Today is going to be really interesting for you, and here is why. First, the January jobs reports will stink. Completely irrelevant to me if the figure is above the estimates compiled by frequent visitors to Morton's Steakhouse during market hours.
On its face, the #NFP will be lame relative to: (1) the expectations embedded into equity valuations; and (2) the expectations of a Fed clearly unsure if anything they are doing is amounting to a hill beans (being able to charge a can of paint at Sherwin Williams on the cheap doesn't count).
Second, as the melodrama unfolds, there will be service sellers promoting the seemingly tired garbage that lit the fuse of the January "risk on" rally. It is tired garbage as to continue to feed the rally, there must be a sustained flow of positivity. At this juncture, there has to be handoff to more reports in similar fashion to ISM-Chicago and less like GDP. I don't have confidence yet that this is around the bend.
Hence, you the inquisitive investor are poised to be uber confused this coming weekend as countless readings will focus on the slight breaking of euphoria (aka a pending "sentiment shift"). In turn, post Super Bowl you enter the Monday session hung-over and upset for not having followed the friendly advice from this happy fella; temper your appetite for risk, settle the heck down, and run some stock scares to find new opportunities. Oh and as this is being done, be sure to apply critical reasoning to the below earnings scorecard, which I have named the "Bloodbath List."
Long live Joe Montana, go 49ers!
The Bloodbath List
Three weeks ago I jotted down a simple comment: "early innings earnings reports have soft spots, keep this in mind tiger." This morning's batch of earnings misses from non-penny stock companies confirm that I was not losing my mind. Not only is earnings season STILL going on (we have yet to receive likely poor gross margin figures and 1Q13 guidance from retailers), but it has taken a noticeable shift to a land of negativity and few smiles.
The question you should be asking yourself is this: is there something fundamentally wrong with companies to the point that the market is simply too optimistic on 4Q13 17% projected earnings growth (which obviously that optimism underpins appreciation in stock valuations in today's terms)? I say yes, and am quite all right with the mid-week guidance of thieving profits from the table.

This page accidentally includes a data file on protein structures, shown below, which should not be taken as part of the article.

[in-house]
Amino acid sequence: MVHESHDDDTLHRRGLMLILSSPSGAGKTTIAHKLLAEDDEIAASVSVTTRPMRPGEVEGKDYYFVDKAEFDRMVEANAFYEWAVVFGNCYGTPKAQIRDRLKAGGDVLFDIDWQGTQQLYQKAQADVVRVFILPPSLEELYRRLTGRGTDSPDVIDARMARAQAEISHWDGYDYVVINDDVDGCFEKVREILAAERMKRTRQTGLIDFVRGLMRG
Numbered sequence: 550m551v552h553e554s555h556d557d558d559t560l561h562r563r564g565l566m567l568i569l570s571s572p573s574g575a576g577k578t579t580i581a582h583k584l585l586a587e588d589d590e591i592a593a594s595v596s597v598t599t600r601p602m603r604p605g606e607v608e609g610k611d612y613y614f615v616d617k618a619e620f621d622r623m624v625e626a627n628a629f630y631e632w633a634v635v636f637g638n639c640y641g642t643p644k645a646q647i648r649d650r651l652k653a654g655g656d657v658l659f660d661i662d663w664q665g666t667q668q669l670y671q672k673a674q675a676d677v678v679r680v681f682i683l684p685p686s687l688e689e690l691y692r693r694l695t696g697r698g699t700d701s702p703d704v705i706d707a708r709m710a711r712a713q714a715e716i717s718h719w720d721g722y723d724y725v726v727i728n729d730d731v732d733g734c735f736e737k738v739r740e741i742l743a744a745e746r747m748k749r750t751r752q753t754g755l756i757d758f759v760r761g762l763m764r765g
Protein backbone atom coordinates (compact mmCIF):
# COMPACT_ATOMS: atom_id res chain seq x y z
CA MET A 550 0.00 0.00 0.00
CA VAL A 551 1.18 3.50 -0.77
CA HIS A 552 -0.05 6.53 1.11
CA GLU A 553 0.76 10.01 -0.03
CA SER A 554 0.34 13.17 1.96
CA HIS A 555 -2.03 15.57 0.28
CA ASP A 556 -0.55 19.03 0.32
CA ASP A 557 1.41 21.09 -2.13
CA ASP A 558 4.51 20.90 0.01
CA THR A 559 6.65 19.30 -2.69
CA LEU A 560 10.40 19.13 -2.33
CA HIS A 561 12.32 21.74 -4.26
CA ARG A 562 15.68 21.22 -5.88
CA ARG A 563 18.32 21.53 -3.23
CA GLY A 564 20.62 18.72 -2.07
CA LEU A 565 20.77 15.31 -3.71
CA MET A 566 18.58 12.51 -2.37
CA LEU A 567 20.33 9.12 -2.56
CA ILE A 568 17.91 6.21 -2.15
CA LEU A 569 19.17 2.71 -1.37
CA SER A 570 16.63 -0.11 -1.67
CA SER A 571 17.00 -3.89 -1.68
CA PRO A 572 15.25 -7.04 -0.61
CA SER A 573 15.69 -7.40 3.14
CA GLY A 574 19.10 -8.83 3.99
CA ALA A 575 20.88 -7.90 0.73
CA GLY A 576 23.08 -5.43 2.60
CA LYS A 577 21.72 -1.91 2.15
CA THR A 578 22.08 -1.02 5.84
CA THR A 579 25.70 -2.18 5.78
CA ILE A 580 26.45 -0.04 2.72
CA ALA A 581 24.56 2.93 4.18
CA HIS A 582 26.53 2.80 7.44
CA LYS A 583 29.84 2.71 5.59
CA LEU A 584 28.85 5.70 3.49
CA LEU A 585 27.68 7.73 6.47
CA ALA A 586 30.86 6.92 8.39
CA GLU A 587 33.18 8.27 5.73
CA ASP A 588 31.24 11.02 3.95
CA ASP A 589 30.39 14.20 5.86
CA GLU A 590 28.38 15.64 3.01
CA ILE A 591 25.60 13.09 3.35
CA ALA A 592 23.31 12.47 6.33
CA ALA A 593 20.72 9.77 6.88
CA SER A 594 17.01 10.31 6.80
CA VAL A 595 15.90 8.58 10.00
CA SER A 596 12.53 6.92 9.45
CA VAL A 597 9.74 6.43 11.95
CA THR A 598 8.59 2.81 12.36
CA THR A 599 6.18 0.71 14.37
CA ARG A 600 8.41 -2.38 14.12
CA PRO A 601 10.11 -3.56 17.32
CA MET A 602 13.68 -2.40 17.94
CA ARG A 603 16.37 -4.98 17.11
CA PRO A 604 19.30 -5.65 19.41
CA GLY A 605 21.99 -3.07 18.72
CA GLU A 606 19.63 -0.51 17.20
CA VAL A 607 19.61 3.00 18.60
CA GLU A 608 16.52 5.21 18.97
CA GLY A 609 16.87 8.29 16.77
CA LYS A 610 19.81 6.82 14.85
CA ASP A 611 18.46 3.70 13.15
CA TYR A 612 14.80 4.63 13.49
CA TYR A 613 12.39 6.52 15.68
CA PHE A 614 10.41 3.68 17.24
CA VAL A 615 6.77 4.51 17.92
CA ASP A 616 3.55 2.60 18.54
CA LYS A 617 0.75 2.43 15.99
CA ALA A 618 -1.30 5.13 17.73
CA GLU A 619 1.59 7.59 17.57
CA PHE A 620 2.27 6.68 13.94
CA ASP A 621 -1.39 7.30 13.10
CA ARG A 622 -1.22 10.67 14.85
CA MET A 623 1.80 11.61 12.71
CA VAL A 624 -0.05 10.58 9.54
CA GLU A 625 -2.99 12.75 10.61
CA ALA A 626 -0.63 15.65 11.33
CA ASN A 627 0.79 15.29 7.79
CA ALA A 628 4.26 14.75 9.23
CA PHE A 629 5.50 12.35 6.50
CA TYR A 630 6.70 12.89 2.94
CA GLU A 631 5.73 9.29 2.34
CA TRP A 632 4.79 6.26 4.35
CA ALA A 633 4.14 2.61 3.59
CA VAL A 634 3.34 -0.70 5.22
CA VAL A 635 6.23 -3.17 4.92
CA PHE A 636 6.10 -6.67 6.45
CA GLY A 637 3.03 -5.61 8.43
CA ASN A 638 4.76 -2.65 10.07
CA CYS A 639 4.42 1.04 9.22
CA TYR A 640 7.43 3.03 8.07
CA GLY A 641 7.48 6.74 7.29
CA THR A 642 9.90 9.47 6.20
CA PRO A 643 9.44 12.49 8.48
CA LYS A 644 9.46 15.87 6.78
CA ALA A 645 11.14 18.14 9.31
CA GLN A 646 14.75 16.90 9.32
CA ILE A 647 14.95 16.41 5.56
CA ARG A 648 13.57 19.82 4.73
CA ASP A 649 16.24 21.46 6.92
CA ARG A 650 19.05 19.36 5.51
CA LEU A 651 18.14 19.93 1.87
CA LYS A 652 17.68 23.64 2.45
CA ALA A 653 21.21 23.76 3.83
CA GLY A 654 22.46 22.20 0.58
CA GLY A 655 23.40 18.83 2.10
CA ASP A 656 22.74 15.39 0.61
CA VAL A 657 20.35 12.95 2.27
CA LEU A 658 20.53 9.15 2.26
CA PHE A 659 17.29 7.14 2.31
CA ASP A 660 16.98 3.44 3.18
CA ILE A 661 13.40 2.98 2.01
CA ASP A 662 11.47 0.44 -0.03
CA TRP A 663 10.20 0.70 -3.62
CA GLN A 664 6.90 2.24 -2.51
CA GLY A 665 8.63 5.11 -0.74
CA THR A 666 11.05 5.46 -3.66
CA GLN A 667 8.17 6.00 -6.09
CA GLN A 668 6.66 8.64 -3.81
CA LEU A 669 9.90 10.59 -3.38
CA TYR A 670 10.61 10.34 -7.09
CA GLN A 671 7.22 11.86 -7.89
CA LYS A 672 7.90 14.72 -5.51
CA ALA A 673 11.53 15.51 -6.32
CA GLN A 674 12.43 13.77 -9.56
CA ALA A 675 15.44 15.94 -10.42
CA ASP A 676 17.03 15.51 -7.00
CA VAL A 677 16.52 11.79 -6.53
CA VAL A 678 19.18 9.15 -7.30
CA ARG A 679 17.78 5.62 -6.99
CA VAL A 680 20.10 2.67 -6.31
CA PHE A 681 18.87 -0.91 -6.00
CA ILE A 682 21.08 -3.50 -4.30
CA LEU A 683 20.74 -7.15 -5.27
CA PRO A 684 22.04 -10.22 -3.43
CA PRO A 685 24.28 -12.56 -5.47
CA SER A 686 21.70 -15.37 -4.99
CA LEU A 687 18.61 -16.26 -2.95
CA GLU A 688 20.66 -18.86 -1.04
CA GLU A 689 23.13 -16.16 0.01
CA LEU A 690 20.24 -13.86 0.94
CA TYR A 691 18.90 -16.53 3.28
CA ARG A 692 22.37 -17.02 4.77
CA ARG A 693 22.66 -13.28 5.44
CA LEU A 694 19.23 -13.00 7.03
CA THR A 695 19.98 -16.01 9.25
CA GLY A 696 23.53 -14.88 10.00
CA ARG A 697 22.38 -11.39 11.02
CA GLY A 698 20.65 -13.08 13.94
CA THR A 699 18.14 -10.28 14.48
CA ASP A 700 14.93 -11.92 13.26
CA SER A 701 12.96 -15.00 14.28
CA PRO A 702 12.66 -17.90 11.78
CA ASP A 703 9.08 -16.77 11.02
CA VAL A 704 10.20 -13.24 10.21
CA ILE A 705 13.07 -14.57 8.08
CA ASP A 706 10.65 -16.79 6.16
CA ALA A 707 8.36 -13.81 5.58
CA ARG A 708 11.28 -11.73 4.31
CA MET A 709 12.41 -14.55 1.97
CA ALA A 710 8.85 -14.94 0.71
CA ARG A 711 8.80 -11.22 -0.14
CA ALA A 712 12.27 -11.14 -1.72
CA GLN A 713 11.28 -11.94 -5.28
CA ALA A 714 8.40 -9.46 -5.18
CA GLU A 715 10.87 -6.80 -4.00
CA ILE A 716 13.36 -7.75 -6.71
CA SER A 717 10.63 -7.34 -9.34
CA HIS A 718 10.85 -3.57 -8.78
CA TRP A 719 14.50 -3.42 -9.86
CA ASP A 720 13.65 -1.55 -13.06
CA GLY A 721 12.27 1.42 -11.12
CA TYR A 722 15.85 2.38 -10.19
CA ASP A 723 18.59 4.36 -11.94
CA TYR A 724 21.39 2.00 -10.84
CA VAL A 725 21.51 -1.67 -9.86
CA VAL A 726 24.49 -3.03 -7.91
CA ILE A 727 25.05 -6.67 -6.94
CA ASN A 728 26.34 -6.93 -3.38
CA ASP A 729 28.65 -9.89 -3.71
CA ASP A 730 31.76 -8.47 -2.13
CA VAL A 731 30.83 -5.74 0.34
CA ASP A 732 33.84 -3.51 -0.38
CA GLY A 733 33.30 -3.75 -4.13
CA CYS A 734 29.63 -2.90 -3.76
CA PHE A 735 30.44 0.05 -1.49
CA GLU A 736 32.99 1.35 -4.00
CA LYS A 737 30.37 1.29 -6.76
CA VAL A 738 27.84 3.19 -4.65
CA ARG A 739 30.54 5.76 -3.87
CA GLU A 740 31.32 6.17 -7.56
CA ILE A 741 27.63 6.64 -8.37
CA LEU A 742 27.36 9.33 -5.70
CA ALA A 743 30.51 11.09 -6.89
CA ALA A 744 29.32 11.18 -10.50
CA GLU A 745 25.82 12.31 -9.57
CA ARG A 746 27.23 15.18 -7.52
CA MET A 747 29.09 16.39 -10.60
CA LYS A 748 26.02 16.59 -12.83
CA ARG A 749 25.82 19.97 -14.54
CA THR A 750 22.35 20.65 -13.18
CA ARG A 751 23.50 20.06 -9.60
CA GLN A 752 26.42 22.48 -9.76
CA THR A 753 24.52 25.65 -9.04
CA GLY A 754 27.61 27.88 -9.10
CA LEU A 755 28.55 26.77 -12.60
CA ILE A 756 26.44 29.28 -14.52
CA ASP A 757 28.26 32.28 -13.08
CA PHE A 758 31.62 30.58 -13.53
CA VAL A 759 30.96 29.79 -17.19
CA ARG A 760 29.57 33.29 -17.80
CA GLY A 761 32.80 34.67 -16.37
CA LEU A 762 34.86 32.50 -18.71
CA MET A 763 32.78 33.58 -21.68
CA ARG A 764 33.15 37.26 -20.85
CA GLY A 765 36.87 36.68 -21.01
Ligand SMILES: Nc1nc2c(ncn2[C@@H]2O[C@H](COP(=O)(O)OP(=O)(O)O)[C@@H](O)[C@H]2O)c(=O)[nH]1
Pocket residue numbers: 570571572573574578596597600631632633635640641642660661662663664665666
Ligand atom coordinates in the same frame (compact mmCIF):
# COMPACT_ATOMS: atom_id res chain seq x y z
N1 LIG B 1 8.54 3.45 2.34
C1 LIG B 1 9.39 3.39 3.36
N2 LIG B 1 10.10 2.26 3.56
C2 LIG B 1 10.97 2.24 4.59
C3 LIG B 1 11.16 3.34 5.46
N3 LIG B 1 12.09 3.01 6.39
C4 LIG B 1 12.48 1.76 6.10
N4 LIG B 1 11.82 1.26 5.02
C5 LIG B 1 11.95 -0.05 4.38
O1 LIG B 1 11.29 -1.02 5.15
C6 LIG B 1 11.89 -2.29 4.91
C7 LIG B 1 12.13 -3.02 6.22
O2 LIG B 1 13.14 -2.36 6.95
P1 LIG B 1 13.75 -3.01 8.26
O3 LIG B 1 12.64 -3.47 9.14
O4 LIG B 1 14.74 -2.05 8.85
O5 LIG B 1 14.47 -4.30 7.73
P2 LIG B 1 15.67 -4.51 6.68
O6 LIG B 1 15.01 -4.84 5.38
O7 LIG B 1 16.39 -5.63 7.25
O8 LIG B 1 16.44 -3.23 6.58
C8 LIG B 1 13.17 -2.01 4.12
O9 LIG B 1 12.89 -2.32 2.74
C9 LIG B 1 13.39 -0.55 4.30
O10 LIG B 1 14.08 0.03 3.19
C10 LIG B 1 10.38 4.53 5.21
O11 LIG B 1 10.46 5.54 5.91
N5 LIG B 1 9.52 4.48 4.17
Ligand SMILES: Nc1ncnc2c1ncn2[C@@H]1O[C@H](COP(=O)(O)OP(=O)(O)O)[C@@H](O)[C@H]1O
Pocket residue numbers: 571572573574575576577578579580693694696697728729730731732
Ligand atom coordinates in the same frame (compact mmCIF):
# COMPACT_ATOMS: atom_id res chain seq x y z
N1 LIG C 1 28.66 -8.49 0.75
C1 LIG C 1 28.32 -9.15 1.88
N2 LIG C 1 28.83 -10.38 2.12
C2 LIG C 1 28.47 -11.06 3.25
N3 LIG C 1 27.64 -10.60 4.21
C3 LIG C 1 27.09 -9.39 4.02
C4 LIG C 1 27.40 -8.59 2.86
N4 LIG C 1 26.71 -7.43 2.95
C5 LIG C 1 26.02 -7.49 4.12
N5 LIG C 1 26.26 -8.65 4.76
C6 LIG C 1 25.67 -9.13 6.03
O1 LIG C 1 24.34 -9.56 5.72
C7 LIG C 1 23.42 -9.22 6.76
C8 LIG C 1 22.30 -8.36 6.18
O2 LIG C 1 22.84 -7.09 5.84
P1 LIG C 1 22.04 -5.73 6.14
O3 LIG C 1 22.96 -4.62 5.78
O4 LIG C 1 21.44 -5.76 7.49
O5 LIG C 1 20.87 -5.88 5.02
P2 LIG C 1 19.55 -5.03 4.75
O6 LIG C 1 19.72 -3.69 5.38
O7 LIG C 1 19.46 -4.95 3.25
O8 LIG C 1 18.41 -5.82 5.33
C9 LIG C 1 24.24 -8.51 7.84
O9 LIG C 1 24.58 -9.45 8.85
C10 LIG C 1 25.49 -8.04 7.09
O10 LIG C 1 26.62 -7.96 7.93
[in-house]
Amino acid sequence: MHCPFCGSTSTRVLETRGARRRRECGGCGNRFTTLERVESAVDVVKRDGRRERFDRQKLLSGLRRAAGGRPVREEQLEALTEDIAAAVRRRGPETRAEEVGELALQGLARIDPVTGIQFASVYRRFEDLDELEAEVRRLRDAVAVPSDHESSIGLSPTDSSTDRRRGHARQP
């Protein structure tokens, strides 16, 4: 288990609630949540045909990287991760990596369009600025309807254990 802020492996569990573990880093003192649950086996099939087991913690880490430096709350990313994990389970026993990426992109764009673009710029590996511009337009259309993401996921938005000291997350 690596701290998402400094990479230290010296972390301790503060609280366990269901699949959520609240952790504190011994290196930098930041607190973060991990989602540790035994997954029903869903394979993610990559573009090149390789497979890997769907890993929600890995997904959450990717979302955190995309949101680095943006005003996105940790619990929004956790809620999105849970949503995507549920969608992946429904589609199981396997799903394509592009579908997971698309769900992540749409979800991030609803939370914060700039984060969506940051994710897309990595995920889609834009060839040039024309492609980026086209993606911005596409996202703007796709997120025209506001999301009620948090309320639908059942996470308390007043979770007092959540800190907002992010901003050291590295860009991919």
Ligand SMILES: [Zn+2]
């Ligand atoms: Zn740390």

Dunkin Donuts (DNKN)
A 420 bps year over year slowdown in same-store sales growth. For you #STAT lovers, drink this down: Dunkin U.S. same-store sales up 3.2% in the holiday quarter/Starbucks up 8%. Many messages on the consumer to take away from the Dunkin report (my view is that they all fit nicely with two dour reads in a row on consumer confidence and call into question the euphoria of a supposed "acceleration" in 4Q12 consumer spending inside the dreary GDP report).
Sherwin Williams (SHW)
A 3 cents a share earnings miss, FY13 guidance offered way below consensus. Overall numbers looked okay, but when drilling down its apparent growth has slowed. There is only so high a company could push product prices without the consumer seeking cheaper alternatives.
Under Armour (UA)
This will unlikely be the quarter that reignites the bullish case on the stock, market's reaction overdone. Why? Two reasons. First, growth appears to have been fueled by new offerings instead of the very core of the business. Two, gross margins continue to be under pressure in spite of an improving inventory position (lower margin footwear styles continue to increase as a percentage of total sales). Moreover, marketing expense had an odd, robust decline; given Under Armour's track record, I can't imagine this being a sustainable thing worthy of baking into an earnings model.
This report reinforces why FedEx (FDX) was one of my two favorite picks from the industrial sector in 2013 (FedEx has massive restructuring efforts working in its favor, UPS no go). Earnings badly missed consensus, guidance was ugly. I don't believe the report was solely a function of a TNT distraction; the operating margin softness was widespread on a segment basis and far removed from strong results from others in the logistics space.
Earnings miss plus a guidance range below consensus. In the spirit of Sherwin Williams, I think there is only so far that a company can raise prices and expect to deliver great earnings while the consumer boosts savings, as they did in 4Q12.
Memo: Thursday was another day in this earnings season where Europe resembles a dead fish as a component to consolidated results ... it's just floating around.